4. Impressive pod cast. Most impressive. Ah almost there the one ware Hugo becomes the fake Bat Man. Ah So that’s Silver. In truth I only knew her briefly in Bats Story. As well as Thorn. Only When Thorn is running from the “ghost” of Hugo and ends up dyeing did I see Thorn. And Sliver getting a lift from Thorn, but getting out the car when he flips out. I like Marshal’s art. The capage is impressive, but his leaner verson of Bats is pretty cool. He looks like a fighter and not the weightlifter look Adams and others give him.

    That Miller takes way over the top in DKR. All of them are great looks it’s just kind of cool he takes this to a very different look and yeah that explains Keton as Bats. And the other Bat Men actors save Afflak. The collage of the Nightmare Bruce has is exalent. And leads your eyes from charcter to charcter. And the type ography of it is great. And how that word Night mare moves your eye with the art. As I learned in the Joe Kubert Correspondence course Lettering and art should flow together. And each leading to the other. And Why charcters in a comic cover will lead your eyes to a title.

    And this story tells well. From Rash and Talia all the way to Bruce facing the image of a Bat. Probly his enter demons and not Man Bat, but still it all works. Ah the cover to the next issue every word fits to draw to the images and vice versa. Hmm I guess physically Bas Rutten could play Hugo in this. LOL. Give him the Amush Bear and glasses and go from there. Ah page 5 must have been what upset the Editor. Verry little back ground no establishing shot. Still Mashal makes it work. He uses shiloetes well. other than the desk , keys and Hugo’s chair. Very little in the way of back ground stuff is drawn, but it works.

    The last three panels being the best here, but if a lesser artist tried it I don’t think it would work. Robin coming into the fight was great. ut, yeah he needed to get a new costume as a grown Man. Thorn at the end was pretty cool. I can see why they brought him to the cartoon with bits like this. And I can hear John Vernon’s voice when I read his dialogue. Any way can’t wait to hear the next pod cast.

  5. Loving this look back at this incredible run.

    I can remember getting the second part of the Joker Fish story at a yard sale as a kid. I found the first issue you covered this episode in a bargain box, albeit relatively scragged. And I have tried to find other issues since then when affordable. But I was lucky enough to get the trade so I was able to read all of this story finally!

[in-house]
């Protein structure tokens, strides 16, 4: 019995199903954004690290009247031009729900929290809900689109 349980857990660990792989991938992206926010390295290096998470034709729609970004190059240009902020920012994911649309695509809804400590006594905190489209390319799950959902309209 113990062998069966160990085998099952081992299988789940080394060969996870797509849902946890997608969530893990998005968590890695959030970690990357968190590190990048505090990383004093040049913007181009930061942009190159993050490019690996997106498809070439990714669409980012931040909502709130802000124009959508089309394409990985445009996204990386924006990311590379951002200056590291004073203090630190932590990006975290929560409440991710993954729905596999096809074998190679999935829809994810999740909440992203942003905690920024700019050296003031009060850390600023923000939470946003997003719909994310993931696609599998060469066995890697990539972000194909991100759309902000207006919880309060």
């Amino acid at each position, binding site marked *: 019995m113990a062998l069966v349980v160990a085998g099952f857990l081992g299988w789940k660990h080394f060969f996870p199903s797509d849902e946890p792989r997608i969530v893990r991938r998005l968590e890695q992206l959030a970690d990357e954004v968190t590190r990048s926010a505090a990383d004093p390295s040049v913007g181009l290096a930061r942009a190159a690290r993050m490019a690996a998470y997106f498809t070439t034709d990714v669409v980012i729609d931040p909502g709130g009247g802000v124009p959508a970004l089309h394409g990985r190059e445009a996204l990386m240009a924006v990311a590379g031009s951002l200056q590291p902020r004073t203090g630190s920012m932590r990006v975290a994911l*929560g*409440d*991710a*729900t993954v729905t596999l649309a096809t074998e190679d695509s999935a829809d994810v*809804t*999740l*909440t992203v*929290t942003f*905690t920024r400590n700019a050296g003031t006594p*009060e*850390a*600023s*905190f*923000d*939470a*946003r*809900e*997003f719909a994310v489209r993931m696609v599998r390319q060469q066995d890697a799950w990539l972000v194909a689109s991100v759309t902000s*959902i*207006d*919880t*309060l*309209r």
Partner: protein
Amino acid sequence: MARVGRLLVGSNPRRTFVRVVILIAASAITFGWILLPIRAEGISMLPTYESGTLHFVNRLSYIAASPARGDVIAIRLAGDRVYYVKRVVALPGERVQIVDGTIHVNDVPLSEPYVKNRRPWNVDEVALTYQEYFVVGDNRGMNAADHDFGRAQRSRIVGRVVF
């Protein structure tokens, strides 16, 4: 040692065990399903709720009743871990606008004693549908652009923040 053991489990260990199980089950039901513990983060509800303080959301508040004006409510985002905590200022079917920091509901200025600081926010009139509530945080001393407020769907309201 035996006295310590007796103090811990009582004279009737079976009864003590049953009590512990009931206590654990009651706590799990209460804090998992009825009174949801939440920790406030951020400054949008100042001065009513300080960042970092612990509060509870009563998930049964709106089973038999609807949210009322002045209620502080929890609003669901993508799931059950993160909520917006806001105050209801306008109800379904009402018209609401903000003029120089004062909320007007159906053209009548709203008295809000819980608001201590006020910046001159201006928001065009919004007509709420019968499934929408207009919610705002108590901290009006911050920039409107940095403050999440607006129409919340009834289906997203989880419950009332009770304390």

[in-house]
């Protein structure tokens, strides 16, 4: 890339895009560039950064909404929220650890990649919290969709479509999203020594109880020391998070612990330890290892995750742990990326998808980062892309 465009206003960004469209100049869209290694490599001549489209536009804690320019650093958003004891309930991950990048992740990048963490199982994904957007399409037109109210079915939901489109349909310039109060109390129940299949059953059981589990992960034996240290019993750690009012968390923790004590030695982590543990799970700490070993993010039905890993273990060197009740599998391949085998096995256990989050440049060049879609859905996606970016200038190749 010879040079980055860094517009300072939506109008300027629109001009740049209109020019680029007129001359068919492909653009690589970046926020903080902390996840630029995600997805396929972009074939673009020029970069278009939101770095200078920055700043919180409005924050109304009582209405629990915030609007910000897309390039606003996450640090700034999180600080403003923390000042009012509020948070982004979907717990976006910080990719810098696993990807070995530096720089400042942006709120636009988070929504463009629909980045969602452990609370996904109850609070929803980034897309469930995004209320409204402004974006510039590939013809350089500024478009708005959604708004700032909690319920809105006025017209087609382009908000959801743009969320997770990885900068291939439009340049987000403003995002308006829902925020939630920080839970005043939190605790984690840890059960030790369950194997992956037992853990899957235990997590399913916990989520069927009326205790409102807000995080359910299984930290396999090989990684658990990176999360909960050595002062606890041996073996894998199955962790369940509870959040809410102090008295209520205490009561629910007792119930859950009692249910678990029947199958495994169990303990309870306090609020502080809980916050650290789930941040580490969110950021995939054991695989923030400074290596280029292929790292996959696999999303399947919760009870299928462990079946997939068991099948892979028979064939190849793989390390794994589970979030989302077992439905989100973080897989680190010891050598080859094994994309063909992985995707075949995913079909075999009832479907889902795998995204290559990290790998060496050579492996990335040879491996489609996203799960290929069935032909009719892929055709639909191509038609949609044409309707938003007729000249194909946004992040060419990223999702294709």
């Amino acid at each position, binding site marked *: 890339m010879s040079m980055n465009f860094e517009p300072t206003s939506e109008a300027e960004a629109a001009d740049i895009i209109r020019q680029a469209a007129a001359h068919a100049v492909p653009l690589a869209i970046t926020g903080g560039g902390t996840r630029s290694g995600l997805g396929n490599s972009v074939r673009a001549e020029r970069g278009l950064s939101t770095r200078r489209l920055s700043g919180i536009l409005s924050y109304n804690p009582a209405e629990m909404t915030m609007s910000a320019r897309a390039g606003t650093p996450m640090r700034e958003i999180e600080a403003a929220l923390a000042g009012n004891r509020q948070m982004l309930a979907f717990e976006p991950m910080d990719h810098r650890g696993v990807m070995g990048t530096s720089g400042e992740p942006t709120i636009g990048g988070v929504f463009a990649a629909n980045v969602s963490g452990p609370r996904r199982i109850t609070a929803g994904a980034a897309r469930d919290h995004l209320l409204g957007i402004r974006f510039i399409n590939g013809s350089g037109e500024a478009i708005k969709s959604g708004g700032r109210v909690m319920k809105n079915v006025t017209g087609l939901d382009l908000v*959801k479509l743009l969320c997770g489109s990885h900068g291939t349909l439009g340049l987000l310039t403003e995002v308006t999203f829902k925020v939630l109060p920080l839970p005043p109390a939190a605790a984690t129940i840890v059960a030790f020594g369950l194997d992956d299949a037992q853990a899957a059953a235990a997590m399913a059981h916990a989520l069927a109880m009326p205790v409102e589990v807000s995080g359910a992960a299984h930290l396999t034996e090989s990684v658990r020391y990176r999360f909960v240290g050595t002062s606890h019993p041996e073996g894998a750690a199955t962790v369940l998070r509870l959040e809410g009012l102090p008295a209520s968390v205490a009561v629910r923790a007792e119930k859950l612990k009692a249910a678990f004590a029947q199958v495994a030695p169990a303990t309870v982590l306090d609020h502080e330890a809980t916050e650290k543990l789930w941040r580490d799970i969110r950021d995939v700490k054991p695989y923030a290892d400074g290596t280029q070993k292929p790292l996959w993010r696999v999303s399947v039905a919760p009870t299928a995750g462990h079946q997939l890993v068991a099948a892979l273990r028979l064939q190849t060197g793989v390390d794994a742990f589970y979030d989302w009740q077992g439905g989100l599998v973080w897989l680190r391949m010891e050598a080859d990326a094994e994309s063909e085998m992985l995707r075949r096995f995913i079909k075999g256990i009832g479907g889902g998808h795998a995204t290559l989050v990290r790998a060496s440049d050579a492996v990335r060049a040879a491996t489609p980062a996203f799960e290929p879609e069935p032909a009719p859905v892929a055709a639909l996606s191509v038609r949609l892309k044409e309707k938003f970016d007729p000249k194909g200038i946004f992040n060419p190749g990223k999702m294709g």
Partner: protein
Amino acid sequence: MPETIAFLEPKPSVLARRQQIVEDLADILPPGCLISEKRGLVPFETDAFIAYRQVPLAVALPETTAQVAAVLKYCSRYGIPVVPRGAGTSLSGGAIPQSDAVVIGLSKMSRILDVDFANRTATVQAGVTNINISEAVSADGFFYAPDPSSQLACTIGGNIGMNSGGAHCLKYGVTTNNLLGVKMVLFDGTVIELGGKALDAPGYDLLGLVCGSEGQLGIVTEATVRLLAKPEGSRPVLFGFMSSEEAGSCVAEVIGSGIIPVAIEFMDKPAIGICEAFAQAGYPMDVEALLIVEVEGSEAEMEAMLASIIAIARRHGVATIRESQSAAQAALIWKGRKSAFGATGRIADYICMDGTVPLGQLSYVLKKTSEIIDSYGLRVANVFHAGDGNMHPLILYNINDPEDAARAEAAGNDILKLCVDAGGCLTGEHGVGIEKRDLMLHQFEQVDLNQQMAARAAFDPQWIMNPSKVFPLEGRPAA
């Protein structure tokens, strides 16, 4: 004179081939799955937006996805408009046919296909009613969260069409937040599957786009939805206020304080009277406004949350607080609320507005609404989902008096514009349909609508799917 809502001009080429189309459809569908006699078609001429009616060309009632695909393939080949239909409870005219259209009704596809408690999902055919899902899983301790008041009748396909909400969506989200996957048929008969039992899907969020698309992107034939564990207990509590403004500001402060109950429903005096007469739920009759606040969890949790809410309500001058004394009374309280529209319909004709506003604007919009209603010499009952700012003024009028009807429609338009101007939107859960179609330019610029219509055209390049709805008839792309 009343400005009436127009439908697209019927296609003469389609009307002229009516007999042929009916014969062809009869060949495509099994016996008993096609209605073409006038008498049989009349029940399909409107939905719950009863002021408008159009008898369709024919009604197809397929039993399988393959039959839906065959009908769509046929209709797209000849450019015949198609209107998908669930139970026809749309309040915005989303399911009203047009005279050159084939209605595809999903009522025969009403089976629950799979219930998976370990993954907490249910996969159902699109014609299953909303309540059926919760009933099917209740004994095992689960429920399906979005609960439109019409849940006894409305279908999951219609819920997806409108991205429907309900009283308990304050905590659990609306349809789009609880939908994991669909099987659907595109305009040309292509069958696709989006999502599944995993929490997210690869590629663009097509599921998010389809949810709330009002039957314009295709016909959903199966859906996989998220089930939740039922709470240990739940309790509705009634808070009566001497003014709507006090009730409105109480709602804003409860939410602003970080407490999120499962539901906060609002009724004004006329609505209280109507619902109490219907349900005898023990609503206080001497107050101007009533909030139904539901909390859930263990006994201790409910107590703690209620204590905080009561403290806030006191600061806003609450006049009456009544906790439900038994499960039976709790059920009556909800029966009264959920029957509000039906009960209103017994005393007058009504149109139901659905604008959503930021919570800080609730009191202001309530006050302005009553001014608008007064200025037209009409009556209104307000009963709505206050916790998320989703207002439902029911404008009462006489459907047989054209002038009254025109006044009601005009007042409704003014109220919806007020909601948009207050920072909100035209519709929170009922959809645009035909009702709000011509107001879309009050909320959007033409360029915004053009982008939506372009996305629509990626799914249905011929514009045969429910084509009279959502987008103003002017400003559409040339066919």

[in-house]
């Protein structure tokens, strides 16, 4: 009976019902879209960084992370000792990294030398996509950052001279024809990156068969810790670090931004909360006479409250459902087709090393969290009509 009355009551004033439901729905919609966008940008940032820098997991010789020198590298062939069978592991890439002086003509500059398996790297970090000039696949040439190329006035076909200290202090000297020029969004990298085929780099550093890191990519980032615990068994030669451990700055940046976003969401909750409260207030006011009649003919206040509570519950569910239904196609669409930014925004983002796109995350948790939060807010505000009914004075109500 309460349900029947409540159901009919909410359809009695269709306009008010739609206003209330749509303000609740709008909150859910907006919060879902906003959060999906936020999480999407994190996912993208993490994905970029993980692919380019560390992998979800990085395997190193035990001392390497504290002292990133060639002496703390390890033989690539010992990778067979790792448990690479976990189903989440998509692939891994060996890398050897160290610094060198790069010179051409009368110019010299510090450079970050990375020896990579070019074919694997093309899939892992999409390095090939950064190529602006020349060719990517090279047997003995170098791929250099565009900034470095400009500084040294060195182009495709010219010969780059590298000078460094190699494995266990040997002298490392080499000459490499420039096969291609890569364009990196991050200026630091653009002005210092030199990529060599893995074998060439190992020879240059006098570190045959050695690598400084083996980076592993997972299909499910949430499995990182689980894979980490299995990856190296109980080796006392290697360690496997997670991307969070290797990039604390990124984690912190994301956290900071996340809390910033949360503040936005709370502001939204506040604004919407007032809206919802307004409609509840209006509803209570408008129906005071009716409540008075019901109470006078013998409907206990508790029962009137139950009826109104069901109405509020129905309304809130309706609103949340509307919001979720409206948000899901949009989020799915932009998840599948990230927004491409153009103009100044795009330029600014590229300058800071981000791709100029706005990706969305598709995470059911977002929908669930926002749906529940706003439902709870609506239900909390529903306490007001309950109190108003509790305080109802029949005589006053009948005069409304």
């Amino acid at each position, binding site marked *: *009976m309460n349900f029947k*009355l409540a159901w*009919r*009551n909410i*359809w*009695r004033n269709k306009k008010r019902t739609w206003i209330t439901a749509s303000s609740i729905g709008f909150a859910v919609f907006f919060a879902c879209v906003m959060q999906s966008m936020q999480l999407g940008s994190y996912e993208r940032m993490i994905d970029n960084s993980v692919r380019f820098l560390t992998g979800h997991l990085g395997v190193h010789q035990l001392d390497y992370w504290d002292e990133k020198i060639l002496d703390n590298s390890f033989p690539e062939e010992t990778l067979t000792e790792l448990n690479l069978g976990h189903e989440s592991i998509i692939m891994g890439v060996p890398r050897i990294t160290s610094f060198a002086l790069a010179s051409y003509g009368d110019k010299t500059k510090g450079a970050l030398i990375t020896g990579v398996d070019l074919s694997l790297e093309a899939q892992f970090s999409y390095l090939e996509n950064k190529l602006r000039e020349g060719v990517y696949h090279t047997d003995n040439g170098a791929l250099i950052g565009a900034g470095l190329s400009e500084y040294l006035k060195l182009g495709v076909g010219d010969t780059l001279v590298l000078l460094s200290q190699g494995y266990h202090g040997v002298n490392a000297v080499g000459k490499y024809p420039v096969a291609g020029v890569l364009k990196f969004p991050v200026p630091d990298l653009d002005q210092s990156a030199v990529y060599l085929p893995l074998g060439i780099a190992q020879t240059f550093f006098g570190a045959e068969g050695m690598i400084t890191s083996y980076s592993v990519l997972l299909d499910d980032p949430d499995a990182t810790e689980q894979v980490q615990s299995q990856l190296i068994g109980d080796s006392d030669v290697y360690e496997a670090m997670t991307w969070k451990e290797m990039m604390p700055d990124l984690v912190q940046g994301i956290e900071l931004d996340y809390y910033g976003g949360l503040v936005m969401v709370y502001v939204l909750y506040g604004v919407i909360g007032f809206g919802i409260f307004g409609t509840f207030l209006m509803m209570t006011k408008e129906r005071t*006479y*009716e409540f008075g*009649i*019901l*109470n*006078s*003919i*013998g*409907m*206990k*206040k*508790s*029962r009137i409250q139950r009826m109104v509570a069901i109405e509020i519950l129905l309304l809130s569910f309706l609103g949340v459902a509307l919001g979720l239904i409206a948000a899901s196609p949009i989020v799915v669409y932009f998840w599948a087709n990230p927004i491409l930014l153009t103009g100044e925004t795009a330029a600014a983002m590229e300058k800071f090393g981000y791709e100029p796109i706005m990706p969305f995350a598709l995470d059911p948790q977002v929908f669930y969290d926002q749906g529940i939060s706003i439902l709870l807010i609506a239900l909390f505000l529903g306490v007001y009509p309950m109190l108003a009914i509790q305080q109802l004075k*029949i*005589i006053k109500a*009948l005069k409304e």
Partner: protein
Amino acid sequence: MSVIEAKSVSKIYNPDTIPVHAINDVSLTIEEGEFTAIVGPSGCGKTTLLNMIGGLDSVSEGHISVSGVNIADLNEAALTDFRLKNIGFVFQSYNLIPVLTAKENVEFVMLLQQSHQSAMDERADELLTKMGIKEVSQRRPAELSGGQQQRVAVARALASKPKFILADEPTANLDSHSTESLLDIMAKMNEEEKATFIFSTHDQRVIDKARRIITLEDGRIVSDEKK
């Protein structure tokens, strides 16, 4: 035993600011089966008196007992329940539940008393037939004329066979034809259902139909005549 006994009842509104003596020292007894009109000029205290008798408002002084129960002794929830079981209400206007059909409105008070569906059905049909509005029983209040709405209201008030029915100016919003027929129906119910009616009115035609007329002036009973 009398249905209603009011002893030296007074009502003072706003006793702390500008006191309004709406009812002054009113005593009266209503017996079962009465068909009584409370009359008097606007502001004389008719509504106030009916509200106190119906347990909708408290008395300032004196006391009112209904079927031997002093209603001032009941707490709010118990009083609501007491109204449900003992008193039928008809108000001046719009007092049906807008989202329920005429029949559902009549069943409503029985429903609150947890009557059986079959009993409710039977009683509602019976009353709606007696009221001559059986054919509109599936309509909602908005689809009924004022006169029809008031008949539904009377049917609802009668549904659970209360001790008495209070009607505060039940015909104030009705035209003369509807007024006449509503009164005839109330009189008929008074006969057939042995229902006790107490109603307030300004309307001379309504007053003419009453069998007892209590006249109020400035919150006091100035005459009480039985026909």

Yes, Rogers is incredible. His Silver is gorgeous! His Batman is athletic and strong. And here, Strange is … well ..strange. Just perfect art to fit this story’s tone.

    Can’t wait to hear you cover all these issues.

  6. After listening to your discussion on how Silver St. Cloud was drawn in these issues and how Englehart worked some subtle comments on how she and Bruce formed the beast with two backs have caused me to somewhat reevaluate the issues I have with contemporary writers and their need to show Batman having sex on rooftops or docks or wherever the likes of Azzarello and Miller set these scenes. It’s not that I think they are suddenly a good move on the part of the creators. Far from it. I’m not a prude and I’m not one of these people that is fine with wholesale violence but clutch my pearls as I fall on my fainting couch when the mere mention of two consenting adults engaging in whatever activities they want to engage in. However I think context is key.

    To be fair, Englehart was working during a much more restrictive time in mainstream comic books. The publishers and the Code had started to relax a bit during the seventies, but you would have never seen Catwoman and Batman getting it on in full view of the reader back then. So, this is not an apples to apples situation. Personally, I don’t read a Batman story for the love interests. Sometimes that works out very well. Sometimes it doesn’t, but it’s not why I’m coming to the party. But, if you are going to explore that side of him, for my money Englehart’s style is preferable. It’s not that I am adverse to Batman having relations, but I don’t need to see them in all their four color glory. There is a maturity to Silver and Bruce’s relationship, which is where the context thing comes in. There was probably a bit of a “say no more, say no more, wink, wink, nudge, nudge,” going on with Silver making a sly joke about their nocturnal activities, but it comes off as being cheeky and fun, rather than, “Look at what Batman and Black Canary are doing! They’re having SEX. In public. Because comics are for adults and adults have SEX,” which is how a lot of modern romantic Bat encounters feel like.

  7. Oh, yeah. This is where it all came together: Englehart’s stories start kicking into high gear, accompanied by lovely and lush art courtesy of Rogers and Austin. This is the reason why – as I commented on the preceding show – that this is probably my favorite run of consecutive Batman stories ever.
    I would say that one thing I like about this Hugo Strange story in particular is that it portrays Batman as fallible and also gives Robin a chance to shine. And, naturally, there’s more character-building for Silver St. Cloud. It’s just great stuff all around.
    Enjoyed the discussion gentlemen, and l’m looking forward to future shows, whatever you decide to do.